Baltic Rim Monitor Articles
A court in Tallinn has found a former officer of Estonia’s Internal Security Service (KaPo) guilty of cooperating with Russian intelligence services. A bit earlier, a court in Tartu had convicted a Russian citizen of spying for Moscow. Both judgements have already entered into force. The spies were detained in the spring of 2019 – they have been added to an ever-growing list of people collaborating with Russia’s special services who have been captured, tried and sentenced to prison for acting against Estonia.
Between September 23 and 29, NATO aircraft participating in the Baltic Air Policing mission launched eight times to identify and escort Russian aircraft over the Baltic – according to the Lithuanian Ministry of Defence. In most cases, Russians did not provide flight plans, their transponders were turned off and they did not react to attempts to communicate via radio. In one case, a Russian plane violated the airspace of Estonia which provoked diplomatic protest of authorities in Tallinn.
Parliamentary Inquiry Launched in Lithuania: MP Irina Rozova Accused of Cooperating with Russian Diplomats
The Lithuanian Seimas has decided that one of the parliamentary committees will conduct an investigation aimed at determining whether the actions of MP Irina Rozova posed threats to Lithuania’s national security. The VSD, the country’s counter-intelligence, revealed that for many years Rozova has had close ties with Russian diplomats and has discussed a number of political issues with them.
After several months of campaigning, the main opposition force, the Reform Party, has failed to overthrow or, at the very least, to weaken the government led by Jüri Ratas. Moreover, public opinion polls also seem to confirm the stabilisation of the political scene in Estonia.
The 75th anniversary of the Red Army incursion to Estonia and related statements made by Russians sparked a sharp reaction in Tallinn. The issue of the takeover of Estonia by the Soviet army in 1944 and consequent almost half a century of occupation are one of the fields of tension in the relations between Russia and Estonia. The historical policy of Moscow is also a matter of dispute with many other countries. Russia defends the Molotov–Ribbentrop Pact and claims that it had “liberated” Estonia in 1944. In turn, in Tallinn, there are many proponents of the demand for compensation for occupation from Moscow.
It has now become something of a tradition that August and September are a time of increased activity of the Russian Air Force over the Baltic Sea. This is mainly the result of intense military exercises conducted by the Russian army at this period of the year. An interception of a group of Russian aircraft performed by Belgian fighter jets, which took off from Lithuania, on September 17 confirms that Moscow has been regularly sending out nuclear-capable bombers on missions over the Baltic Sea.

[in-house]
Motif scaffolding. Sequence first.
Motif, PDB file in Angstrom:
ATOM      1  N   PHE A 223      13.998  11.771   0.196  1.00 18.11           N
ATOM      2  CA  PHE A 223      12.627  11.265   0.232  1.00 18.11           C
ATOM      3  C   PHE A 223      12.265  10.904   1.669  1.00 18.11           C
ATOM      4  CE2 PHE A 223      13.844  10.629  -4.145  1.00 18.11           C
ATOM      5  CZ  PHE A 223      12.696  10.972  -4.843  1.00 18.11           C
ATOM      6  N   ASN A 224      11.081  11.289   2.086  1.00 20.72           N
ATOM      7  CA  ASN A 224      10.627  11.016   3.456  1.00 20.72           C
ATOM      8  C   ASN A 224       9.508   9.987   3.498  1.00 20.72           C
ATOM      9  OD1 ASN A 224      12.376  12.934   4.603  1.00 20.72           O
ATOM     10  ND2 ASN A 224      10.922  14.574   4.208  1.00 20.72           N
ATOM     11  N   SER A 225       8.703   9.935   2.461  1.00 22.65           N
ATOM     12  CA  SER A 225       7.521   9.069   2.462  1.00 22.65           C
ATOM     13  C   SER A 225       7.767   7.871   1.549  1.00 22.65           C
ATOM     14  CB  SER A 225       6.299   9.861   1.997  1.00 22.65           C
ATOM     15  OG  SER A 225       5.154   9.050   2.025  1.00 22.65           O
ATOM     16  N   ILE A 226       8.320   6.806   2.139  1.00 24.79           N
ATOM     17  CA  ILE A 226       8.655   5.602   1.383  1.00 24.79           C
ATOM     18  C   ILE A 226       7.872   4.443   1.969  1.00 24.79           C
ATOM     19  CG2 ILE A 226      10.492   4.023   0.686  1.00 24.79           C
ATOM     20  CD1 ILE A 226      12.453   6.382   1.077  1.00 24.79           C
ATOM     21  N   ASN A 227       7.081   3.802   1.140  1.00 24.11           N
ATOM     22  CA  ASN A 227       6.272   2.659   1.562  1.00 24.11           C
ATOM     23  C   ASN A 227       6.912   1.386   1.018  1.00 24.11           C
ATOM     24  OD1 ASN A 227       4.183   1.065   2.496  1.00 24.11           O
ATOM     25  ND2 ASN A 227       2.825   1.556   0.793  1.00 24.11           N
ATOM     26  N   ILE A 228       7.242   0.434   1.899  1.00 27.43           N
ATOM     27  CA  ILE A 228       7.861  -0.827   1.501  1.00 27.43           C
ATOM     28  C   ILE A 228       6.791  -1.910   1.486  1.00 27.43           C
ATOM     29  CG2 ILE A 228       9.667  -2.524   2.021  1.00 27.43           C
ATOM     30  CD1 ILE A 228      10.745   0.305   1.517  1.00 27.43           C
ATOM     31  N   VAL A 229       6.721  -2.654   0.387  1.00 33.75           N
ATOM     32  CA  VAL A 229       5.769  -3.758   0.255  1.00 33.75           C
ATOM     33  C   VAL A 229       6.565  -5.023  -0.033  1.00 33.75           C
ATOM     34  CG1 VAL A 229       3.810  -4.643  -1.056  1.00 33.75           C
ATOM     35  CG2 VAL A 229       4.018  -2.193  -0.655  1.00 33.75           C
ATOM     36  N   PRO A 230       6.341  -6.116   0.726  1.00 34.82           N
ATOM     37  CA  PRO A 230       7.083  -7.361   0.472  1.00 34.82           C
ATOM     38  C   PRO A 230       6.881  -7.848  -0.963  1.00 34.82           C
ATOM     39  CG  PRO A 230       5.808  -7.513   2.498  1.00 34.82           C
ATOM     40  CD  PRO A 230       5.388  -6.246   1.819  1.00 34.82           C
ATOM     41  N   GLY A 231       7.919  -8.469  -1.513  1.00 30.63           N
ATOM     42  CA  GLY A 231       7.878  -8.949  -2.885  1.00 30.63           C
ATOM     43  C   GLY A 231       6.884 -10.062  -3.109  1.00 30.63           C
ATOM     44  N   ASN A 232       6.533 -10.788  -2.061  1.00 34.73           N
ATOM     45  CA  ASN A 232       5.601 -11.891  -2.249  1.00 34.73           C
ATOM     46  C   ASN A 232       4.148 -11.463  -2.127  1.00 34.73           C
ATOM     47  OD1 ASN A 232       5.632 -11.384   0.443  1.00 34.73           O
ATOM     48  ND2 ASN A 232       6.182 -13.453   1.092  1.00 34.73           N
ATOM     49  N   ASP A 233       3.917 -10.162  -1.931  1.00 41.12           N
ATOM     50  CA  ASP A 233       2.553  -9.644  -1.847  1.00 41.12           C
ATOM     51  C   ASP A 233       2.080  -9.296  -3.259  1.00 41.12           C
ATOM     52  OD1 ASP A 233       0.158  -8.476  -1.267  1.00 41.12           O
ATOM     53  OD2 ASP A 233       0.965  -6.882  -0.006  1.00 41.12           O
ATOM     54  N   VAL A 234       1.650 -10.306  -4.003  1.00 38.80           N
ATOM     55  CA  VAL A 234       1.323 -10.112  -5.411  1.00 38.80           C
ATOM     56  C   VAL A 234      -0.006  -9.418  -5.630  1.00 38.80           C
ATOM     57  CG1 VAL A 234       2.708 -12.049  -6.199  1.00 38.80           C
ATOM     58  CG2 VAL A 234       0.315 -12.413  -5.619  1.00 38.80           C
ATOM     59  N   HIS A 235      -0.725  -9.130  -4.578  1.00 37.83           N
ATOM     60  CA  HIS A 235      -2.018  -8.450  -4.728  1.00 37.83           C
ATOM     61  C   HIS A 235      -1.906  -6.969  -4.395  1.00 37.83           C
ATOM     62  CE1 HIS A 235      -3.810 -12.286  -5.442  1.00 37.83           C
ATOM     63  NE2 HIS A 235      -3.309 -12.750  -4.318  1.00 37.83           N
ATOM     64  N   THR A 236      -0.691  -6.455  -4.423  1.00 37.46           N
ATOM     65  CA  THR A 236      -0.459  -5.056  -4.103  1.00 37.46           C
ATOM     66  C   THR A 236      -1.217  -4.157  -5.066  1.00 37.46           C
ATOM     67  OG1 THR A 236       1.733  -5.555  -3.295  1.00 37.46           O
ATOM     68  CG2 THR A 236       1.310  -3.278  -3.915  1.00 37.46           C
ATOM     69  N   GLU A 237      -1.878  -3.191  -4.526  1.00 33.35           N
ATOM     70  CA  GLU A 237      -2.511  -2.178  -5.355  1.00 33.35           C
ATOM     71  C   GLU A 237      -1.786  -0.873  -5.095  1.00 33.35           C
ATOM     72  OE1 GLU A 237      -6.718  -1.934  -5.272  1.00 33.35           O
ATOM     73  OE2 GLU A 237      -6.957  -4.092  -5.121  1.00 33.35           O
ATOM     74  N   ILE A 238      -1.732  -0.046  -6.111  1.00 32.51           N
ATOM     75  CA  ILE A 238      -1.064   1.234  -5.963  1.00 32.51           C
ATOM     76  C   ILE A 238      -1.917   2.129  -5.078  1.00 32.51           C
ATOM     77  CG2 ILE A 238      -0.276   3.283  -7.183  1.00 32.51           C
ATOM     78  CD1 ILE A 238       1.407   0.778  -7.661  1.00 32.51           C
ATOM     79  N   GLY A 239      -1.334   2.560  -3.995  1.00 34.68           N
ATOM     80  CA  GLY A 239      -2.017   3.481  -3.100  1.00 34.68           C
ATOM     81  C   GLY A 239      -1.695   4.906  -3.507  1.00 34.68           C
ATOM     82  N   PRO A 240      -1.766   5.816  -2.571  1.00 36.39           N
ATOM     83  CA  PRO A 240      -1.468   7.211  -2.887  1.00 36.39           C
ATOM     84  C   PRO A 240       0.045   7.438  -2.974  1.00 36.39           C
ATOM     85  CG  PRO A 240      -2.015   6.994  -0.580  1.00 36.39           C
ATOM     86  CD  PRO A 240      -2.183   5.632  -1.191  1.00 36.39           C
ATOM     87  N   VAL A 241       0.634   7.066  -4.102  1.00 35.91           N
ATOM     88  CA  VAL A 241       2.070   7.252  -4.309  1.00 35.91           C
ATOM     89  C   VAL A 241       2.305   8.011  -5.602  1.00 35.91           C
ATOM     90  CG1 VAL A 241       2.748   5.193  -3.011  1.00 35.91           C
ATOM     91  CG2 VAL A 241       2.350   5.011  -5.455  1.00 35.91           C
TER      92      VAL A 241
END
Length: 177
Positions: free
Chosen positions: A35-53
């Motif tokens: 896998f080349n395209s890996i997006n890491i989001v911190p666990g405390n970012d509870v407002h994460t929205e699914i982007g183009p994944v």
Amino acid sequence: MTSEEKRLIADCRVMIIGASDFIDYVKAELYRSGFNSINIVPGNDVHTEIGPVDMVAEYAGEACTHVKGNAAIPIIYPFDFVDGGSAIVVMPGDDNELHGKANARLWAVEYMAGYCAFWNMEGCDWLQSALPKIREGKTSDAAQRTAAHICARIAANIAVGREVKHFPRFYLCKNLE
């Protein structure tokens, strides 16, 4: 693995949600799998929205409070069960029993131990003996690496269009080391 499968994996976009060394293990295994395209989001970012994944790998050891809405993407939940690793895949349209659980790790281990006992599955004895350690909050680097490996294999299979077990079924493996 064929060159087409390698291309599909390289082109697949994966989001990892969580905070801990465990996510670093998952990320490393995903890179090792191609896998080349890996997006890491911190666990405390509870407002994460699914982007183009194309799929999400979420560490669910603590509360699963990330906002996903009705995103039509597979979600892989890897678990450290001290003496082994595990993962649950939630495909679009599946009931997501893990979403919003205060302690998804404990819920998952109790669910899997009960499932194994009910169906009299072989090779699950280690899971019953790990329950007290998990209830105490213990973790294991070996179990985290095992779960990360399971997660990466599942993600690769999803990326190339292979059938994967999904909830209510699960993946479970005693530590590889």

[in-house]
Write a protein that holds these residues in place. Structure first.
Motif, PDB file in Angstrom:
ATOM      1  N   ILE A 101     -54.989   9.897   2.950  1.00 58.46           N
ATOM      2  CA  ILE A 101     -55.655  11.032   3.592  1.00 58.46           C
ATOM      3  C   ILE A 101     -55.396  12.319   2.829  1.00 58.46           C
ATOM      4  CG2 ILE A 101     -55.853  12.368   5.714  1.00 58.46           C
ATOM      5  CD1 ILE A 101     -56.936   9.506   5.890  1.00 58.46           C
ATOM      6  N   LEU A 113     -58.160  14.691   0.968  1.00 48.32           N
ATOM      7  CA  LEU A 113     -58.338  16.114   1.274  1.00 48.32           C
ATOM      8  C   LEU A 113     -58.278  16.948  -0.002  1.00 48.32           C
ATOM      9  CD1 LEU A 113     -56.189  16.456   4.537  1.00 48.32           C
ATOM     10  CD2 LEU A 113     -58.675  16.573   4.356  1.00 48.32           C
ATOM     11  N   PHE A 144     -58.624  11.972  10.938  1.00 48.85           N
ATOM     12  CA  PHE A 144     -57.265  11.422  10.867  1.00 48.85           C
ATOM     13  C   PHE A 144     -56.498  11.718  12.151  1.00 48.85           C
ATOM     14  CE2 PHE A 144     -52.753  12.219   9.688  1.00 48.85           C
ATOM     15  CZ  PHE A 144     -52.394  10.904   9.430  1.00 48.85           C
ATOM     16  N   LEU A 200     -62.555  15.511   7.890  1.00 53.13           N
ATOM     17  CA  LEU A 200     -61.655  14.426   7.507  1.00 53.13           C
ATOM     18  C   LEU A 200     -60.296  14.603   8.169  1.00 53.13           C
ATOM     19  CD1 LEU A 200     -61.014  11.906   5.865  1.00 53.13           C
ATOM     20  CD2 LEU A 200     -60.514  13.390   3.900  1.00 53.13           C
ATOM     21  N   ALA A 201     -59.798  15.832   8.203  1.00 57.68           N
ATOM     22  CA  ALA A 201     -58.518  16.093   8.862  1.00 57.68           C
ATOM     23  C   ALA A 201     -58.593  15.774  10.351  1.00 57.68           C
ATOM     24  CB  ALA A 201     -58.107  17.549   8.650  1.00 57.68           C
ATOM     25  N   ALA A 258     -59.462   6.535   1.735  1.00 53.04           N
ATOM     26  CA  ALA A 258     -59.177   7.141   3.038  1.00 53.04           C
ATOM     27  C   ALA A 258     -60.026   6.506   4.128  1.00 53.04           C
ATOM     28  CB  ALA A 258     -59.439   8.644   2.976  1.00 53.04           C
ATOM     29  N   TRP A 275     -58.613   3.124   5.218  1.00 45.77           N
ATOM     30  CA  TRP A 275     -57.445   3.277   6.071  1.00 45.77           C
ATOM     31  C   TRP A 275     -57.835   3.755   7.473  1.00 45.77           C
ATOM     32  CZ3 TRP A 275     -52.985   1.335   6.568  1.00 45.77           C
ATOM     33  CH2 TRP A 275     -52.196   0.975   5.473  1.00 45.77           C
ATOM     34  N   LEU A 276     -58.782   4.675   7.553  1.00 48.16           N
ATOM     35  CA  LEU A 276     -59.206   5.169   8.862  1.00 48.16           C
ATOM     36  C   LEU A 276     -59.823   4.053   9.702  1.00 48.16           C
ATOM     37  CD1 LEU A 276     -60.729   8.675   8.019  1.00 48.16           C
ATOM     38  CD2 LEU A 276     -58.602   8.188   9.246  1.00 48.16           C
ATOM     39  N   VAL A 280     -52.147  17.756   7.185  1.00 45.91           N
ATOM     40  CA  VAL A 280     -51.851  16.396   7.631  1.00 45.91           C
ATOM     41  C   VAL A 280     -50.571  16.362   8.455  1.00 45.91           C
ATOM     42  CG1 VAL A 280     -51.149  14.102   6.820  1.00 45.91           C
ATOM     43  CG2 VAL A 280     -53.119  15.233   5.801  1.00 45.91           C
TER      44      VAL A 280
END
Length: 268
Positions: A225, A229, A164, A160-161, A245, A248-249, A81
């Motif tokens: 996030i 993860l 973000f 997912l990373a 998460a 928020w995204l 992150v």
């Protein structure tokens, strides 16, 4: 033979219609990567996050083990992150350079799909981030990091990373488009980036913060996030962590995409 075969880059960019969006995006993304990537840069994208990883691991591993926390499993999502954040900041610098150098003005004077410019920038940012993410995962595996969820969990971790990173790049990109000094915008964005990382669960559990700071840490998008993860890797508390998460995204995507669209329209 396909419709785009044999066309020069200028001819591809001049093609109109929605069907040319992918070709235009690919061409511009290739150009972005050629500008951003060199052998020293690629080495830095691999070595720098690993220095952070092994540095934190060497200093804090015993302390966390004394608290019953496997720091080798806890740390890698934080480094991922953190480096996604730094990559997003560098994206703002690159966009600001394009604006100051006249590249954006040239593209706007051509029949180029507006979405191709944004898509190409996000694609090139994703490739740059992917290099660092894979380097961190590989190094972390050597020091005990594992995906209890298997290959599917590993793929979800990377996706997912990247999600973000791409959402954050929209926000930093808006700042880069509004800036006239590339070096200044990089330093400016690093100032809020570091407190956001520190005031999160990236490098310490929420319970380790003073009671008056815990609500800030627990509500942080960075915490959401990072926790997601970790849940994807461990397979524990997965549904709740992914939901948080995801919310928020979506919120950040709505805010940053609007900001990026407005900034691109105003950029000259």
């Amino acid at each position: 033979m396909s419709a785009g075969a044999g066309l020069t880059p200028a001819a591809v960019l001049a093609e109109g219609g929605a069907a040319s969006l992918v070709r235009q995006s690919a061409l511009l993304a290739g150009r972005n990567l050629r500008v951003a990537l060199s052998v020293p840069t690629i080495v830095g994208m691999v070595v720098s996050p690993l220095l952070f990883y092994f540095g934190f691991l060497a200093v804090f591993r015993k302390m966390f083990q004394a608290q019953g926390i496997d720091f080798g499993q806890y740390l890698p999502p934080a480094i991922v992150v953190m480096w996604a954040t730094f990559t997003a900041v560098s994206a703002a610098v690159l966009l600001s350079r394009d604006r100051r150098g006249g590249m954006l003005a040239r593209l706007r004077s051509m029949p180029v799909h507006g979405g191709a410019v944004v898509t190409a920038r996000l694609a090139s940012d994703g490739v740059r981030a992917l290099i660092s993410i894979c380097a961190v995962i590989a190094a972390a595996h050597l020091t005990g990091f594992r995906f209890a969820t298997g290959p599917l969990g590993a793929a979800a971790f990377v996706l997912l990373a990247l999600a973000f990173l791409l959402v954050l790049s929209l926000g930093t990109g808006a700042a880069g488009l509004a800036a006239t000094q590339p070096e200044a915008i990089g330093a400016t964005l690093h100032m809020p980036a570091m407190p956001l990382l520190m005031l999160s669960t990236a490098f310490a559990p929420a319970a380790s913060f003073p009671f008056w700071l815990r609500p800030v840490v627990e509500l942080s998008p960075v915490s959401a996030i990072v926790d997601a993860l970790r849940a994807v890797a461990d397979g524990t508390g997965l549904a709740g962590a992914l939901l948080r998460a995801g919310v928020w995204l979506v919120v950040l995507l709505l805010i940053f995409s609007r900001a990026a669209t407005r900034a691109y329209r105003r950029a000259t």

After four months of the functioning of government, PM Jüri Ratas had to face the first vote of no confidence. The coalition consisting of Estonian Centre Party, EKRE and Isamaa rejected the motion of censure without problems. The fact that five deputies of the opposition did not take part in such important voting is a sign of its weakness.
The Lithuanian Ministry of Defence informed that the U.S. administration has agreed to sell Lithuania its newest JLTV armoured vehicles. The contract for the purchase of 200 vehicles is to be signed this year, however, it is quite possible that the Lithuanians will buy more JLTVs in the future.
On August 21, the President of Russia made an official visit to Helsinki. Its course confirms that the current Finnish authorities may well be counted among European countries advocating for a reset of relations with Moscow. It is particularly striking that President of Finland Sauli Niinistö and Vladimir Putin spoke almost in unison on the issue of medium-range cruise missiles, which have lately become one of the main problems in Russian-U.S. relations.
A new helicopter base has been built on the Gogland Island in the Gulf of Finland, Russian Defense Ministry informed. Located in the middle of the Gulf, between Estonia and Finland, the heliport is said by Moscow to be an essential location for defense and security of the fleet’s military facilities in Kronstadt and St. Petersburg.
The Eurosceptic Finns Party and the centre-right National Coalition Party are currently the two most popular parties in Finland. They both are the opposition to the centre-left government formed after the April parliamentary elections.
Russian aviation does not reduce its activity in the Baltic Sea regularly alarming countries in the region. This mainly concerns Lithuania, Latvia and Estonia but the Russian activity troubles other countries, including neutral Finland and Sweden.
The recent attacks of the liberal president on the national-conservative coalition party may lead to a political crisis in Estonia. Although it has been a few months, some Estonian politicians as well as large media platforms still have not come to terms with the fact that Eurosceptic EKRE forms the government. Now, they are using the liberal Western media to fight the right-wing party.
Lithuanian Armed Forces officially received two Boxer multirole armoured fighting vehicles ordered from Germany. In the Lithuanian army, they are called Vilkas (Ang. wolves). They entered the biggest unit which is the Mechanised Infantry Brigade “Iron Wolf”. Ultimately, the Lithuanian army will be equipped with 88 such vehicles. They will definitely reinforce the firepower.